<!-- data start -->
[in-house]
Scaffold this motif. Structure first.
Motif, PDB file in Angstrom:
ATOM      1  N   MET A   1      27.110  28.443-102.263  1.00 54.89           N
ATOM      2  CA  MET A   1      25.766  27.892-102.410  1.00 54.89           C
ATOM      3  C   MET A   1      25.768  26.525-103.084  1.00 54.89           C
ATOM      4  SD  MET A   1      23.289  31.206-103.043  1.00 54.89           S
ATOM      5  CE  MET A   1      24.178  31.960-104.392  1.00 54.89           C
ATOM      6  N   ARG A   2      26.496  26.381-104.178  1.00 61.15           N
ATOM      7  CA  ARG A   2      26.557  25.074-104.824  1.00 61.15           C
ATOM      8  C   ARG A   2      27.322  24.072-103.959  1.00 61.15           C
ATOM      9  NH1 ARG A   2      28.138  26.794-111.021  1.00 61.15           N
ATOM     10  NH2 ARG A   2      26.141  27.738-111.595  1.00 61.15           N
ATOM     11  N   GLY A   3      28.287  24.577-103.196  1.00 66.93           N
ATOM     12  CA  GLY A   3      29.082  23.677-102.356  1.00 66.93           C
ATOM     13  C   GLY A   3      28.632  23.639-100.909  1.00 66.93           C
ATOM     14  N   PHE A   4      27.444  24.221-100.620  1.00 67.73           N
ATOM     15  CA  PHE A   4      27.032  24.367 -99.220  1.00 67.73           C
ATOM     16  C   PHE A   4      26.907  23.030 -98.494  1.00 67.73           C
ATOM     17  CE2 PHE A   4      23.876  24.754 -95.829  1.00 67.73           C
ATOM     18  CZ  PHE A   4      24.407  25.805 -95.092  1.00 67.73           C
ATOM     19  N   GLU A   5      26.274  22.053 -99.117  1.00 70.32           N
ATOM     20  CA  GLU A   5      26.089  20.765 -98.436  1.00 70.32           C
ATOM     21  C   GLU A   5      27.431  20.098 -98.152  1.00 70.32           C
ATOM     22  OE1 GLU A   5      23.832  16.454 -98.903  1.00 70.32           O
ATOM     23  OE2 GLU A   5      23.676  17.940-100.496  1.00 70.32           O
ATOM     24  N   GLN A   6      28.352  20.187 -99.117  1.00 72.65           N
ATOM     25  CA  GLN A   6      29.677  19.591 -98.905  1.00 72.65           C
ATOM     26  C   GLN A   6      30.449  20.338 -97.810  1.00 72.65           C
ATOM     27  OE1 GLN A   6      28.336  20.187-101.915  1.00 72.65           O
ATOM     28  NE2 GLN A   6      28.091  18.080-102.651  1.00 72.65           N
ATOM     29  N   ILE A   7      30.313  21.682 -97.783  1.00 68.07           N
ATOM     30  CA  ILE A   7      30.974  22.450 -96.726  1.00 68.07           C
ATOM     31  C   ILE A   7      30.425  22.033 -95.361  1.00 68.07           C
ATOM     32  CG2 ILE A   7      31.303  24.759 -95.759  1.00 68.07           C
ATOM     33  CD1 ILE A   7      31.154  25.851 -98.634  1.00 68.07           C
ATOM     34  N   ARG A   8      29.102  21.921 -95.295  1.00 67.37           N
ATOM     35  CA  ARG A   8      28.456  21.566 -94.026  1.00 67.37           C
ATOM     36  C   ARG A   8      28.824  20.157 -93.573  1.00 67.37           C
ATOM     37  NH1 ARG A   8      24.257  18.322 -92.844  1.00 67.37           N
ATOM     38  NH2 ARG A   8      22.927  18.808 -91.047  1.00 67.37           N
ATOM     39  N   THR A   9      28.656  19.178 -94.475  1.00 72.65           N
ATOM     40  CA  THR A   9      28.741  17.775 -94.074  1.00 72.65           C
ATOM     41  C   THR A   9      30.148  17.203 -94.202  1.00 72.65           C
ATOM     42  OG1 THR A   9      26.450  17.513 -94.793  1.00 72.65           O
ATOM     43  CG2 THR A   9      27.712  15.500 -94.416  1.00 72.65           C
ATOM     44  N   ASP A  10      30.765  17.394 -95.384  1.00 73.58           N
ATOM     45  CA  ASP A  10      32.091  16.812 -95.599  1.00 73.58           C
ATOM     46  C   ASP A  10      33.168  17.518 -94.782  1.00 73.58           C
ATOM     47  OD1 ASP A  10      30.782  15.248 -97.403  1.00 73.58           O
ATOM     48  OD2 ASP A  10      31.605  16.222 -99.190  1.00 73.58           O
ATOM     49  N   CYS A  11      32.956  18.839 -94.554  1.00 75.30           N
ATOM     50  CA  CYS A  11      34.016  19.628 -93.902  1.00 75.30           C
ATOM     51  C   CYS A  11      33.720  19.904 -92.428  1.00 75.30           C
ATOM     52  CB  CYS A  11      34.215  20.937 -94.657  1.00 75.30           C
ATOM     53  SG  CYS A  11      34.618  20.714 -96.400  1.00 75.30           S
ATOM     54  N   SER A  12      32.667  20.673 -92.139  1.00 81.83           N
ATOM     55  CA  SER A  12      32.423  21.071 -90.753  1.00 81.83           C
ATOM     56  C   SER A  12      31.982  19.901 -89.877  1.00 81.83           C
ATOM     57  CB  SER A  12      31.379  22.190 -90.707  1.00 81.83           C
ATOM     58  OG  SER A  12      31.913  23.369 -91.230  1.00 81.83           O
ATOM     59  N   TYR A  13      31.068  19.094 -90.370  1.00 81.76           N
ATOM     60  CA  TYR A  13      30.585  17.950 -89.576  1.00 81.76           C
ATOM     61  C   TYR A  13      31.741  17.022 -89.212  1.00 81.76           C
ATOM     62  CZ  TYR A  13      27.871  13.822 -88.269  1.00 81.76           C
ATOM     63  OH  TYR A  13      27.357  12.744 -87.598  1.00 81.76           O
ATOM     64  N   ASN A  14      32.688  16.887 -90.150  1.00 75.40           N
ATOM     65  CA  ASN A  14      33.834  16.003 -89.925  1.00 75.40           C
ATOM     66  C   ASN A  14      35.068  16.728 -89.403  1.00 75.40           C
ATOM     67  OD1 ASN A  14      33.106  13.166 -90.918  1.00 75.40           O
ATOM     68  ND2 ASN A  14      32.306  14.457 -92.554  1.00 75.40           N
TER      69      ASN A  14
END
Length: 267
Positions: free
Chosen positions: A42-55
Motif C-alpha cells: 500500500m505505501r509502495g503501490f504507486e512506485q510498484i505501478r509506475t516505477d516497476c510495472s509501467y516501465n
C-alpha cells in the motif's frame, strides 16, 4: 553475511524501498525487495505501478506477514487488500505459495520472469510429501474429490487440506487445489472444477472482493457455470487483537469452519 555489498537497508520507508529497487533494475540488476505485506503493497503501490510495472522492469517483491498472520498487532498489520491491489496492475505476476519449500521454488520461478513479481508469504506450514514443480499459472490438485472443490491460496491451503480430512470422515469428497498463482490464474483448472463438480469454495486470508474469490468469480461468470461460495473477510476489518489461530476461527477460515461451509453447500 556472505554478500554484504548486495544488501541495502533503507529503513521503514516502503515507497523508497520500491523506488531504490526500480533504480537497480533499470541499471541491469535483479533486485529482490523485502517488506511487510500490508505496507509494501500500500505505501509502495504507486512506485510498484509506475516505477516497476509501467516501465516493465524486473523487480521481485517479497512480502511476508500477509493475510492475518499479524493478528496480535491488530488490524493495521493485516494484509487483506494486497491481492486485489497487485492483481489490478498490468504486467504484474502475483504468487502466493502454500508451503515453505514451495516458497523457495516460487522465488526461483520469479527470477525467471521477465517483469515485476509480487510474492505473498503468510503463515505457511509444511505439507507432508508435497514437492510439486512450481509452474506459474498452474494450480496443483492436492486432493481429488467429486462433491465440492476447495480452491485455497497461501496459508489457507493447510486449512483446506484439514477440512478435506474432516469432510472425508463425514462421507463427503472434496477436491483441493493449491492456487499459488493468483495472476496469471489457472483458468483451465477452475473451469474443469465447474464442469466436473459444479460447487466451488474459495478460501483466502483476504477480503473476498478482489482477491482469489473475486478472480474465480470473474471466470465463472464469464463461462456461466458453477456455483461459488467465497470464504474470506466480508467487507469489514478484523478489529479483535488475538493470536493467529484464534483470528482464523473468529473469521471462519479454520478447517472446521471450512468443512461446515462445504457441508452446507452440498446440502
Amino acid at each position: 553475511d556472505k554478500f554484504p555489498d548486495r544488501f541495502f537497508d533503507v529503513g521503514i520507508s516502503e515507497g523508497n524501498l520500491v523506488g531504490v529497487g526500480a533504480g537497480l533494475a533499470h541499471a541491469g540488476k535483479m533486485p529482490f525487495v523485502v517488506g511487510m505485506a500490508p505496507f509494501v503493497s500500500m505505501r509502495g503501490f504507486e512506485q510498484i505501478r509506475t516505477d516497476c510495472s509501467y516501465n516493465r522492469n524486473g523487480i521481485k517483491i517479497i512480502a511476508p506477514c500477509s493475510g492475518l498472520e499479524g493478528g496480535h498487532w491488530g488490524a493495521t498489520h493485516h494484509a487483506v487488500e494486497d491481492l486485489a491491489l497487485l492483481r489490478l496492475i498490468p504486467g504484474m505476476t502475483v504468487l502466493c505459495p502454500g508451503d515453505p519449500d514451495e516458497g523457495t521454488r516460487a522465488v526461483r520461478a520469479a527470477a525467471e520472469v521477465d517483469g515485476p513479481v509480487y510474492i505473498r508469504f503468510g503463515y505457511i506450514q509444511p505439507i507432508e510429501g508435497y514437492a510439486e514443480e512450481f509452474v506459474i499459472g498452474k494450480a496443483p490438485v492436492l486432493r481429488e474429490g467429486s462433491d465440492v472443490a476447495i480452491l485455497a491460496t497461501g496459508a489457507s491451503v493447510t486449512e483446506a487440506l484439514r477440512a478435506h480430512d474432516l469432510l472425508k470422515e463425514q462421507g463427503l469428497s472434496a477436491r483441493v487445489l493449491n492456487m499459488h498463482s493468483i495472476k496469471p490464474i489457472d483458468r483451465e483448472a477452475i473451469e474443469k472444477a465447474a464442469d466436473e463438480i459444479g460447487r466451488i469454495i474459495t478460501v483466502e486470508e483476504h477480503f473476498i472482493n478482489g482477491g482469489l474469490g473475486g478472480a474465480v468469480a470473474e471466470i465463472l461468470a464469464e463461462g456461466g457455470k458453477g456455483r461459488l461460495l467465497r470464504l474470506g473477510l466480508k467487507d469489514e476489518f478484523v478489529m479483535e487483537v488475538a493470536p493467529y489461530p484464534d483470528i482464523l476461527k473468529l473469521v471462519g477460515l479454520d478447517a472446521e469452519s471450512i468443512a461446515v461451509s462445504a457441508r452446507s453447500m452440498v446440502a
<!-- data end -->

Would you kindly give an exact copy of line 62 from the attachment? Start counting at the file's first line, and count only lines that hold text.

ATOM     59  N   TYR A  13      31.068  19.094 -90.370  1.00 81.76           N